Waite S,1 Nortley M,1 Howard DPJ,1 Flossmann E,2 Ford G2
A 40-year-old female presented 3 hours and 15 minutes after acute onset speech disturbance, left-sided weakness, headache and neck discomfort. She was a smoker and had a history of fibromyalgia and anxiety disorder. Her regular medications included a selective serotonin reuptake inhibitor and propranolol. Physical examination showed mild dysphasia and dysarthria, left hemiparesis (face, arm and leg) and sensory deficit with tactile neglect (National Institutes of Health Stroke Scale score of 7).
Computed tomography (CT) of the brain and angiography (CTA) of the neck vessels confirmed an evolving right middle cerebral artery (MCA) territory infarct and acute occlusion of the right MCA (M2). Thrombolysis was deemed futile, and she was started on aspirin 300 mg.
Furthermore, the CTA showed a ‘flap-like projection into the lumen of the right internal carotid artery (ICA)’ suggestive of a carotid web (Figure 1, arrow).
No defect was seen on cross-sectional views. Subsequent magnetic resonance angiography revealed ‘high signal at the posterior wall of the proximal right ICA’.
The patient was discharged on aspirin 75 mg. She made an excellent functional recovery and was re-imaged with CTA and duplex ultrasound at 4 months. CTA appearances of the ICA were unchanged. Duplex ultrasound showed no structural abnormality (Figure 2A) or significant flow disturbance (Figure 2B).
Peak systolic velocity within the ICA was 49 cm/s. Multidisciplinary team review recommended carotid endarterectomy because of a substantial risk of recurrent stroke. The web was removed surgically (Figure 3, arrow) and the ICA closed with a patch.1
Carotid web is an increasingly recognised cause of stroke in young patients.2 It is a non-atherosclerotic fibromuscular dysplasia most commonly seen on the posterior wall of the origin of the ICA. It can be mistaken as carotid dissection and might not be apparent on some imaging modalities, particularly duplex ultrasound; CTA and digital subtraction angiography have good sensitivity.3 It is associated with a high risk of recurrent thrombo-embolism despite optimal medical therapy, even if the degree of stenosis is <50%. Stroke recurrence is rare after surgery or carotid stenting.4 A recent systematic review (37 articles, 158 patients) demonstrated the symptomatic carotid web population to have a high prevalence of women (68%) and African race (70%).4 The severity of stenosis caused by the carotid web was <50% in 84% of cases. Recurrent stroke was seen in 25 of 45 patients (56%) managed with antiplatelets or anticoagulants at a median time of 12 months. In 70 patients who underwent carotid revascularisation (50% carotid endarterectomy, 50% carotid artery stenting), no procedural complications were reported and recurrent stroke is rare.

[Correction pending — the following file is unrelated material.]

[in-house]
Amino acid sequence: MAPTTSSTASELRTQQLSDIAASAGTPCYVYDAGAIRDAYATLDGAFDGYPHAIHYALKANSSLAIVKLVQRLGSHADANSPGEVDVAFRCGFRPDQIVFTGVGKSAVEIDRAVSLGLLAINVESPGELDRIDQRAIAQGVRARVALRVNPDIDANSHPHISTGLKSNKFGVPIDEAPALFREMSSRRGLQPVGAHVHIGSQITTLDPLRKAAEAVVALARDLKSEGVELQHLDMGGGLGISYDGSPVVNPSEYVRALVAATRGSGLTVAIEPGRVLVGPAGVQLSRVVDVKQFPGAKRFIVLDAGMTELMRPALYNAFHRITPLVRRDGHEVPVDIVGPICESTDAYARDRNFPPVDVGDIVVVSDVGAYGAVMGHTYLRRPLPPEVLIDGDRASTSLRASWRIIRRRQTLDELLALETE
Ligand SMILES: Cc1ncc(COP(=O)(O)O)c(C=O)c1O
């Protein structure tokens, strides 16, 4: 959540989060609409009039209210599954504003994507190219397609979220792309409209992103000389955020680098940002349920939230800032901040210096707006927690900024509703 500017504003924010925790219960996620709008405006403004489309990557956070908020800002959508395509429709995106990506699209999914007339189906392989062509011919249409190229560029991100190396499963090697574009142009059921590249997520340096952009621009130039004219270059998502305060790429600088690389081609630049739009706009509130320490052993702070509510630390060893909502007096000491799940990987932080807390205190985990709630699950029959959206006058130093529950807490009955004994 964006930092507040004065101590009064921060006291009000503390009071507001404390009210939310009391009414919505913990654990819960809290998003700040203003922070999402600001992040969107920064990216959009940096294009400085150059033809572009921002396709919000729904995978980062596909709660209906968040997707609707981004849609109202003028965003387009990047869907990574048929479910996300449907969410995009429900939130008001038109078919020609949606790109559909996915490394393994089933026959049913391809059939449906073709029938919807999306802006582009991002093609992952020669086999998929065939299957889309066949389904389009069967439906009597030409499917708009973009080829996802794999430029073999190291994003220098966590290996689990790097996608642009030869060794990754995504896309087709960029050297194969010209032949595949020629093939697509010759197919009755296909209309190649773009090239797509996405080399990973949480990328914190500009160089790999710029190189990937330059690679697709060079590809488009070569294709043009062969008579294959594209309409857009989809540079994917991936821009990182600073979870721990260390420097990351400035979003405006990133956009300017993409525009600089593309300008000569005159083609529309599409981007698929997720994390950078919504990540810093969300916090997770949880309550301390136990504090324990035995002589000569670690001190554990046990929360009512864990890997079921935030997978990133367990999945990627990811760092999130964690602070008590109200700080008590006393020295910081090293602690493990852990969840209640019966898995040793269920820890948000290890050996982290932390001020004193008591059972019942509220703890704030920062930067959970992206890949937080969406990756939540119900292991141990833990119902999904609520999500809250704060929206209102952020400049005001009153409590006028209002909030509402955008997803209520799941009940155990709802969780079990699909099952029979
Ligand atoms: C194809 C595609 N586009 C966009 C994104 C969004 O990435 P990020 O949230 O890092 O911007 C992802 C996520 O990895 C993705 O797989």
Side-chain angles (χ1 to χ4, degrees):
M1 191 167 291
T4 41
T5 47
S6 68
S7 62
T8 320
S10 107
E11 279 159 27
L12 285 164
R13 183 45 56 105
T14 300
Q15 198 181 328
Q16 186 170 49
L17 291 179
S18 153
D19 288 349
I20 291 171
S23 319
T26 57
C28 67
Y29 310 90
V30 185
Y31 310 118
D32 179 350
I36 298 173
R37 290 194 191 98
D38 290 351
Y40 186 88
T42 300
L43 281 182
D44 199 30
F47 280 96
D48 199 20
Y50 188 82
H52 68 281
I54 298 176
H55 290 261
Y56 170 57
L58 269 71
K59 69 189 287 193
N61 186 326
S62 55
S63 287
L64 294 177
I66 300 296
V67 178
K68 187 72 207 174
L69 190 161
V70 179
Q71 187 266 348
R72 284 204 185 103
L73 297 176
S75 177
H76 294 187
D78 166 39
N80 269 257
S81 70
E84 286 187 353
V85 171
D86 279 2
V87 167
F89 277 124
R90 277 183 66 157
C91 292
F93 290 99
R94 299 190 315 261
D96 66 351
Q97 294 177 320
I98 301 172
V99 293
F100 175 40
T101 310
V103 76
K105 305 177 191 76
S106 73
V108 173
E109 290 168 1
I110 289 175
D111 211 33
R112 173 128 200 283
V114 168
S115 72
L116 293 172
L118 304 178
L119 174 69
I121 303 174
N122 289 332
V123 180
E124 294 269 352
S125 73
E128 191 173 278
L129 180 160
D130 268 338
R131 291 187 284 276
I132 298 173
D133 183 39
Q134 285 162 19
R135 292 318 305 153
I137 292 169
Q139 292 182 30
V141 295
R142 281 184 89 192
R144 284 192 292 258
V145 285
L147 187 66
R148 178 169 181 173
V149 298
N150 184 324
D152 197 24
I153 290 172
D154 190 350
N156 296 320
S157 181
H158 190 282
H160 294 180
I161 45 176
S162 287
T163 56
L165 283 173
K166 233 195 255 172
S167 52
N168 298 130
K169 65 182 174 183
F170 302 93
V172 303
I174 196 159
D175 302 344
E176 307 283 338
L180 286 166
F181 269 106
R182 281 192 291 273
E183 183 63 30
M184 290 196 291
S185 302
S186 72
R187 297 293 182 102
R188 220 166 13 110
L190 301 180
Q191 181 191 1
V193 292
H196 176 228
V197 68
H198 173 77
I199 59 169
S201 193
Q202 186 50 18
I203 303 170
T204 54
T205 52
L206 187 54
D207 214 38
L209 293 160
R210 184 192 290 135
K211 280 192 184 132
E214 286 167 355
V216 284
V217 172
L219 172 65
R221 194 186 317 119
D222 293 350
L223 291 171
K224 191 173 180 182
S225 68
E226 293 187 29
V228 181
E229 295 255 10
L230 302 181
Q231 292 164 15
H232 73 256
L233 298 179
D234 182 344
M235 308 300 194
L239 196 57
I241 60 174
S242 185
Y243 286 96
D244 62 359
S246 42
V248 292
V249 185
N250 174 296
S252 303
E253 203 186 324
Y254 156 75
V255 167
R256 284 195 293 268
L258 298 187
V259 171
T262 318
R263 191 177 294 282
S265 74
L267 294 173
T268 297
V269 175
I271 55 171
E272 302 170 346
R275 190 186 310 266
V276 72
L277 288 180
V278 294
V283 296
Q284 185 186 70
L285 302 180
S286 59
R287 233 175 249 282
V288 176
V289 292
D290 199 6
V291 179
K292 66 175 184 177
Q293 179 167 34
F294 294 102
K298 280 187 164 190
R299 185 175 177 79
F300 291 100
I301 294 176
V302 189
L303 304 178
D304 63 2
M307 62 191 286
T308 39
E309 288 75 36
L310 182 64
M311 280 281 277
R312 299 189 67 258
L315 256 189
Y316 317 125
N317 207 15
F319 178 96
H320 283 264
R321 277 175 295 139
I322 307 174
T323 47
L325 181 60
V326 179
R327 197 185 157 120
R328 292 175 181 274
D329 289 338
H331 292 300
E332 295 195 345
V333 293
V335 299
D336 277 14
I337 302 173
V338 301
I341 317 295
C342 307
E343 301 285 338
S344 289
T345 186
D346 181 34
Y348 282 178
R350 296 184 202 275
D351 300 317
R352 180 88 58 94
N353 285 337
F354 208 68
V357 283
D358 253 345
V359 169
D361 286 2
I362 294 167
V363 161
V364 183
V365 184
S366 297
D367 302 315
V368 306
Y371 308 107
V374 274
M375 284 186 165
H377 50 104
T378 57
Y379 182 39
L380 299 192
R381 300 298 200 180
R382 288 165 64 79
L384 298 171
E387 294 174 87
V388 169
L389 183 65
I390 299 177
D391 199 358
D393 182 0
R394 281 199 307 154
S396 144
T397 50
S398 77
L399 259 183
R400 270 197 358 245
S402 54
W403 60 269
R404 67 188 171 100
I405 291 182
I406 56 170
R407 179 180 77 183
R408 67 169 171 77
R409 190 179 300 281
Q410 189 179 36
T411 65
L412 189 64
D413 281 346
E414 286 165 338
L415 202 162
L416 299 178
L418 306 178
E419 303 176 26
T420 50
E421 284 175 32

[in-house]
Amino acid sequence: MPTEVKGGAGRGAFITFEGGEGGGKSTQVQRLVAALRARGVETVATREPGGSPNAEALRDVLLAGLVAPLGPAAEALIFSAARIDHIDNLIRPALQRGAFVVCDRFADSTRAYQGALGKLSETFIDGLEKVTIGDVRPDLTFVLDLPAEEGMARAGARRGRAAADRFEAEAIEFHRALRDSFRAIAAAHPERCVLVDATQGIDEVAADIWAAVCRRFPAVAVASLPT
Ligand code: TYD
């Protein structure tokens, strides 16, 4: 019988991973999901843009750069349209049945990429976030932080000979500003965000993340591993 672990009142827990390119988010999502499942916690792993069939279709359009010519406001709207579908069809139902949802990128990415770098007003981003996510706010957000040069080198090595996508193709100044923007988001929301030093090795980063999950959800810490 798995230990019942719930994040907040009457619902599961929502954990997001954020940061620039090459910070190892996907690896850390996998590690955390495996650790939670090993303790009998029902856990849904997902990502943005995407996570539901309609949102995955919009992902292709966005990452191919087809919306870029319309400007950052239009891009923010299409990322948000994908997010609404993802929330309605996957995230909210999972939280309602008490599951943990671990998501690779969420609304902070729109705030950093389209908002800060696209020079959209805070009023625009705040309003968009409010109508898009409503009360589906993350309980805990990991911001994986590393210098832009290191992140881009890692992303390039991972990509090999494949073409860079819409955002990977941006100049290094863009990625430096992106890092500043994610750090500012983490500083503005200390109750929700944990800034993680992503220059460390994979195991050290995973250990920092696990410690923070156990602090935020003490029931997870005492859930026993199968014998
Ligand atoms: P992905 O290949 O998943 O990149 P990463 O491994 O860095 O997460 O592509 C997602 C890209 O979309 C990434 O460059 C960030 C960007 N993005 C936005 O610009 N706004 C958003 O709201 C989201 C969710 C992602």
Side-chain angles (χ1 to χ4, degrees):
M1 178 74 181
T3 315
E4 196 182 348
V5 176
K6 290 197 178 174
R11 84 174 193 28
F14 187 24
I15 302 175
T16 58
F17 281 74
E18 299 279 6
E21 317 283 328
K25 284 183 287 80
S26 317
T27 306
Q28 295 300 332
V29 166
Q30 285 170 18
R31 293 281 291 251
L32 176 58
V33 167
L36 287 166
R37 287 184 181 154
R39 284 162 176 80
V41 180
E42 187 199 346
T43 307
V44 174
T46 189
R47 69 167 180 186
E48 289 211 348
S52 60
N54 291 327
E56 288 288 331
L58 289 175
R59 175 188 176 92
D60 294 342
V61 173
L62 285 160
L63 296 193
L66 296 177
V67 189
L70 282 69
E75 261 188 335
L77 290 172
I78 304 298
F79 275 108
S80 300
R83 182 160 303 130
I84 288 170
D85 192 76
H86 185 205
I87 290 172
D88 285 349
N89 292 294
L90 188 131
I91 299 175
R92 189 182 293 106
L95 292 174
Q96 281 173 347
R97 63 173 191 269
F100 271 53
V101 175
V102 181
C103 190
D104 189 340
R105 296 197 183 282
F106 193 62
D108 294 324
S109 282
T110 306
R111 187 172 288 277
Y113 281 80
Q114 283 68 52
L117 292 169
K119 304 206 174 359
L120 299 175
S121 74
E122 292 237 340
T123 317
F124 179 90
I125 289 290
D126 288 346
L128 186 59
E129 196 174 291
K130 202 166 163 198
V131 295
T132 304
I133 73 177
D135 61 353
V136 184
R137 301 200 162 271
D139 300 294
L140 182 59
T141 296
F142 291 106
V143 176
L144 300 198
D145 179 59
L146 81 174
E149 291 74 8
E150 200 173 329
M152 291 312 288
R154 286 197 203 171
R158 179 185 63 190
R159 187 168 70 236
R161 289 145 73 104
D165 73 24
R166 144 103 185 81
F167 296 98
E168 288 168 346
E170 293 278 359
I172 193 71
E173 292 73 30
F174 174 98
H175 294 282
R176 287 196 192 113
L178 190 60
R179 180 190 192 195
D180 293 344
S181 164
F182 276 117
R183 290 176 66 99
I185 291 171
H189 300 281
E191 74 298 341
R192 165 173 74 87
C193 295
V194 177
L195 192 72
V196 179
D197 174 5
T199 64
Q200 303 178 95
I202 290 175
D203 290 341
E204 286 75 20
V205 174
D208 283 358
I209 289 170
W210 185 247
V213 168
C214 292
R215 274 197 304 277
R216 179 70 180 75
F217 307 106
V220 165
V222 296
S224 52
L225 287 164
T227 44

November 21, 2022
1. Department of Vascular Surgery,
John Radcliffe Hospital, Oxford, UK
2. John Radcliffe Hospital, Oxford, UK
Department of Vascular Surgery,
John Radcliffe Hospital, Oxford,
OX3 9DU, UK
Email: [email protected]